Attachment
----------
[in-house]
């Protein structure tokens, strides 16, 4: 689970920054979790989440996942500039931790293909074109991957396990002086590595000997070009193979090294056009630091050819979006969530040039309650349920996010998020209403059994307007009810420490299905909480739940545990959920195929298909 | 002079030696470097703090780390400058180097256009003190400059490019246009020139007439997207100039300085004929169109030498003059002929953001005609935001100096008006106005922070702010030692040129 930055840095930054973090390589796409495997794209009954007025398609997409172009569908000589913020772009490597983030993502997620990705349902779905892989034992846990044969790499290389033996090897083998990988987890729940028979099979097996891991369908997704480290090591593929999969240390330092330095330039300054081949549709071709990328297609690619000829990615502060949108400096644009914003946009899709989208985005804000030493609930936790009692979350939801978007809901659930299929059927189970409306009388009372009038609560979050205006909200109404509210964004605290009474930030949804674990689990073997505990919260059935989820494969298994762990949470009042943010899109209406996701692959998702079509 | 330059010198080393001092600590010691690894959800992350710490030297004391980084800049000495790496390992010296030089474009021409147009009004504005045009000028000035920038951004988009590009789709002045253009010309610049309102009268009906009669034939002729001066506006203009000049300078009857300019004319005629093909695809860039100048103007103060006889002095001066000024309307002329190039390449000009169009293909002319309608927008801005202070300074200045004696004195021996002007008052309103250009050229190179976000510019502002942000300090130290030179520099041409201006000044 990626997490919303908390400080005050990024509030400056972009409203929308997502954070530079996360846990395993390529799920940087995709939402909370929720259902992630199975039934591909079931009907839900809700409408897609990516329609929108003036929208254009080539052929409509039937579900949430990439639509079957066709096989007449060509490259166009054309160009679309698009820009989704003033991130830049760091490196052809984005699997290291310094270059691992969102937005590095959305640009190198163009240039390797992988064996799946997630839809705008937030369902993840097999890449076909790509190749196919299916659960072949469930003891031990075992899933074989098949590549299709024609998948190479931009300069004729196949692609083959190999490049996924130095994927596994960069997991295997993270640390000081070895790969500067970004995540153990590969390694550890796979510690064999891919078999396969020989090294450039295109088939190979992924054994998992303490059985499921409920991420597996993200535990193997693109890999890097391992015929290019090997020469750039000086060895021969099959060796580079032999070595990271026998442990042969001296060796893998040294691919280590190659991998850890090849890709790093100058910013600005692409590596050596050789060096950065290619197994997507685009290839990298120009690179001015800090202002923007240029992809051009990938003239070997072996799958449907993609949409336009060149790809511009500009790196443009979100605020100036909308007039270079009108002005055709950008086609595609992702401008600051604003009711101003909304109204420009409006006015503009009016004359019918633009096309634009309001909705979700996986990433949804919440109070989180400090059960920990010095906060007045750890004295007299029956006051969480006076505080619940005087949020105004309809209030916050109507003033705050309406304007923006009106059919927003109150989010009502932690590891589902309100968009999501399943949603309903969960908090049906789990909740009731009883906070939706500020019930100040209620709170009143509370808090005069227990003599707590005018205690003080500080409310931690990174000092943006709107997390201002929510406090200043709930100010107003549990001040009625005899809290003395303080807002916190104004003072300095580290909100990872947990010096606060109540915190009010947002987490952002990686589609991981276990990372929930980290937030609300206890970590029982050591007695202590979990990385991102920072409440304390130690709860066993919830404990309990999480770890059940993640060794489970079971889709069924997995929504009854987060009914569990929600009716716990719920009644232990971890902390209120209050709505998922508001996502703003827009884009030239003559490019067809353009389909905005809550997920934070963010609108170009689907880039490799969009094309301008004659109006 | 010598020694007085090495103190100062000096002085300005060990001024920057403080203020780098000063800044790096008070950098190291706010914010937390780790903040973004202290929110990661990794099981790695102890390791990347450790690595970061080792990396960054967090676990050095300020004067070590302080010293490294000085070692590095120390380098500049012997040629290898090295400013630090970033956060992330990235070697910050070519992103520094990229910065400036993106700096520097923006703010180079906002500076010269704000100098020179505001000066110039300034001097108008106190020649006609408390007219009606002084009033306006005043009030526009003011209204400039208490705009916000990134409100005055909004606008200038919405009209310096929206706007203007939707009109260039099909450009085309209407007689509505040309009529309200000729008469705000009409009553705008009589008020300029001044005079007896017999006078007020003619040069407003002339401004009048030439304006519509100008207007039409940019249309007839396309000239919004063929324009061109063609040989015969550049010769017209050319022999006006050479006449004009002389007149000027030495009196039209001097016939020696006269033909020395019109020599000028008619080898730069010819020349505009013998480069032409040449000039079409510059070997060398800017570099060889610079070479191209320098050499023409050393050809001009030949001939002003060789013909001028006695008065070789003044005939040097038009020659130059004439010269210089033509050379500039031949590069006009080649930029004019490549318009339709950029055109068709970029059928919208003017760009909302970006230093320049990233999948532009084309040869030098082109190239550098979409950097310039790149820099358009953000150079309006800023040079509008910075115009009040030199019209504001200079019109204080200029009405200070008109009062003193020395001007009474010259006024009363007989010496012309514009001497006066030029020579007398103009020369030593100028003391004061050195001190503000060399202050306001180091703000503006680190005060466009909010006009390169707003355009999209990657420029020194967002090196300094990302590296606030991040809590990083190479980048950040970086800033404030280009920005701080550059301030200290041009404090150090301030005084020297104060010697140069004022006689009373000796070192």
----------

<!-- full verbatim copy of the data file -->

[in-house]
């Protein structure tokens, strides 16, 4: 689970920054979790989440996942500039931790293909074109991957396990002086590595000997070009193979090294056009630091050819979006969530040039309650349920996010998020209403059994307007009810420490299905909480739940545990959920195929298909 | 002079030696470097703090780390400058180097256009003190400059490019246009020139007439997207100039300085004929169109030498003059002929953001005609935001100096008006106005922070702010030692040129 930055840095930054973090390589796409495997794209009954007025398609997409172009569908000589913020772009490597983030993502997620990705349902779905892989034992846990044969790499290389033996090897083998990988987890729940028979099979097996891991369908997704480290090591593929999969240390330092330095330039300054081949549709071709990328297609690619000829990615502060949108400096644009914003946009899709989208985005804000030493609930936790009692979350939801978007809901659930299929059927189970409306009388009372009038609560979050205006909200109404509210964004605290009474930030949804674990689990073997505990919260059935989820494969298994762990949470009042943010899109209406996701692959998702079509 | 330059010198080393001092600590010691690894959800992350710490030297004391980084800049000495790496390992010296030089474009021409147009009004504005045009000028000035920038951004988009590009789709002045253009010309610049309102009268009906009669034939002729001066506006203009000049300078009857300019004319005629093909695809860039100048103007103060006889002095001066000024309307002329190039390449000009169009293909002319309608927008801005202070300074200045004696004195021996002007008052309103250009050229190179976000510019502002942000300090130290030179520099041409201006000044 990626997490919303908390400080005050990024509030400056972009409203929308997502954070530079996360846990395993390529799920940087995709939402909370929720259902992630199975039934591909079931009907839900809700409408897609990516329609929108003036929208254009080539052929409509039937579900949430990439639509079957066709096989007449060509490259166009054309160009679309698009820009989704003033991130830049760091490196052809984005699997290291310094270059691992969102937005590095959305640009190198163009240039390797992988064996799946997630839809705008937030369902993840097999890449076909790509190749196919299916659960072949469930003891031990075992899933074989098949590549299709024609998948190479931009300069004729196949692609083959190999490049996924130095994927596994960069997991295997993270640390000081070895790969500067970004995540153990590969390694550890796979510690064999891919078999396969020989090294450039295109088939190979992924054994998992303490059985499921409920991420597996993200535990193997693109890999890097391992015929290019090997020469750039000086060895021969099959060796580079032999070595990271026998442990042969001296060796893998040294691919280590190659991998850890090849890709790093100058910013600005692409590596050596050789060096950065290619197994997507685009290839990298120009690179001015800090202002923007240029992809051009990938003239070997072996799958449907993609949409336009060149790809511009500009790196443009979100605020100036909308007039270079009108002005055709950008086609595609992702401008600051604003009711101003909304109204420009409006006015503009009016004359019918633009096309634009309001909705979700996986990433949804919440109070989180400090059960920990010095906060007045750890004295007299029956006051969480006076505080619940005087949020105004309809209030916050109507003033705050309406304007923006009106059919927003109150989010009502932690590891589902309100968009999501399943949603309903969960908090049906789990909740009731009883906070939706500020019930100040209620709170009143509370808090005069227990003599707590005018205690003080500080409310931690990174000092943006709107997390201002929510406090200043709930100010107003549990001040009625005899809290003395303080807002916190104004003072300095580290909100990872947990010096606060109540915190009010947002987490952002990686589609991981276990990372929930980290937030609300206890970590029982050591007695202590979990990385991102920072409440304390130690709860066993919830404990309990999480770890059940993640060794489970079971889709069924997995929504009854987060009914569990929600009716716990719920009644232990971890902390209120209050709505998922508001996502703003827009884009030239003559490019067809353009389909905005809550997920934070963010609108170009689907880039490799969009094309301008004659109006 | 010598020694007085090495103190100062000096002085300005060990001024920057403080203020780098000063800044790096008070950098190291706010914010937390780790903040973004202290929110990661990794099981790695102890390791990347450790690595970061080792990396960054967090676990050095300020004067070590302080010293490294000085070692590095120390380098500049012997040629290898090295400013630090970033956060992330990235070697910050070519992103520094990229910065400036993106700096520097923006703010180079906002500076010269704000100098020179505001000066110039300034001097108008106190020649006609408390007219009606002084009033306006005043009030526009003011209204400039208490705009916000990134409100005055909004606008200038919405009209310096929206706007203007939707009109260039099909450009085309209407007689509505040309009529309200000729008469705000009409009553705008009589008020300029001044005079007896017999006078007020003619040069407003002339401004009048030439304006519509100008207007039409940019249309007839396309000239919004063929324009061109063609040989015969550049010769017209050319022999006006050479006449004009002389007149000027030495009196039209001097016939020696006269033909020395019109020599000028008619080898730069010819020349505009013998480069032409040449000039079409510059070997060398800017570099060889610079070479191209320098050499023409050393050809001009030949001939002003060789013909001028006695008065070789003044005939040097038009020659130059004439010269210089033509050379500039031949590069006009080649930029004019490549318009339709950029055109068709970029059928919208003017760009909302970006230093320049990233999948532009084309040869030098082109190239550098979409950097310039790149820099358009953000150079309006800023040079509008910075115009009040030199019209504001200079019109204080200029009405200070008109009062003193020395001007009474010259006024009363007989010496012309514009001497006066030029020579007398103009020369030593100028003391004061050195001190503000060399202050306001180091703000503006680190005060466009909010006009390169707003355009999209990657420029020194967002090196300094990302590296606030991040809590990083190479980048950040970086800033404030280009920005701080550059301030200290041009404090150090301030005084020297104060010697140069004022006689009373000796070192």